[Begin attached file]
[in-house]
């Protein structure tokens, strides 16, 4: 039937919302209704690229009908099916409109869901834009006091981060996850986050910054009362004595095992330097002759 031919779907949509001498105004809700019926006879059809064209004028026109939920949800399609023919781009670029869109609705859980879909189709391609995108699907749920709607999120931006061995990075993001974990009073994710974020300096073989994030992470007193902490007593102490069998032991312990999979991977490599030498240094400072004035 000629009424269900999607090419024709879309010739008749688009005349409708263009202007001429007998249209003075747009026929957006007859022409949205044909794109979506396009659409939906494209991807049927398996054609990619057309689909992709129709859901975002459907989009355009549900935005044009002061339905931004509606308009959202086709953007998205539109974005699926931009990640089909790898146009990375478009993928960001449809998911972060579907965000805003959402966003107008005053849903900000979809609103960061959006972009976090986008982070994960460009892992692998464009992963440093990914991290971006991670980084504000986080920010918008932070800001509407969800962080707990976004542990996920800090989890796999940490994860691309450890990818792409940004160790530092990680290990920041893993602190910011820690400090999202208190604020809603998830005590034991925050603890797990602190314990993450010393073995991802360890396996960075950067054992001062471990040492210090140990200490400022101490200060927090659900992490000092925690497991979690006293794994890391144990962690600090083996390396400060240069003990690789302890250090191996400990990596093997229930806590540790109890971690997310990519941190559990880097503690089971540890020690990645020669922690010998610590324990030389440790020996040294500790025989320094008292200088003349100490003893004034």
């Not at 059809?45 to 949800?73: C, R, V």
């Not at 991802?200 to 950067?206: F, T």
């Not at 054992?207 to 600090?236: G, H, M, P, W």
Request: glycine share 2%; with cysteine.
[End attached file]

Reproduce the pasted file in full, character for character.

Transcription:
[in-house]
């Protein structure tokens, strides 16, 4: 039937919302209704690229009908099916409109869901834009006091981060996850986050910054009362004595095992330097002759 031919779907949509001498105004809700019926006879059809064209004028026109939920949800399609023919781009670029869109609705859980879909189709391609995108699907749920709607999120931006061995990075993001974990009073994710974020300096073989994030992470007193902490007593102490069998032991312990999979991977490599030498240094400072004035 000629009424269900999607090419024709879309010739008749688009005349409708263009202007001429007998249209003075747009026929957006007859022409949205044909794109979506396009659409939906494209991807049927398996054609990619057309689909992709129709859901975002459907989009355009549900935005044009002061339905931004509606308009959202086709953007998205539109974005699926931009990640089909790898146009990375478009993928960001449809998911972060579907965000805003959402966003107008005053849903900000979809609103960061959006972009976090986008982070994960460009892992692998464009992963440093990914991290971006991670980084504000986080920010918008932070800001509407969800962080707990976004542990996920800090989890796999940490994860691309450890990818792409940004160790530092990680290990920041893993602190910011820690400090999202208190604020809603998830005590034991925050603890797990602190314990993450010393073995991802360890396996960075950067054992001062471990040492210090140990200490400022101490200060927090659900992490000092925690497991979690006293794994890391144990962690600090083996390396400060240069003990690789302890250090191996400990990596093997229930806590540790109890971690997310990519941190559990880097503690089971540890020690990645020669922690010998610590324990030389440790020996040294500790025989320094008292200088003349100490003893004034």
């Not at 059809?45 to 949800?73: C, R, V």
């Not at 991802?200 to 950067?206: F, T």
């Not at 054992?207 to 600090?236: G, H, M, P, W």
Request: glycine share 2%; with cysteine.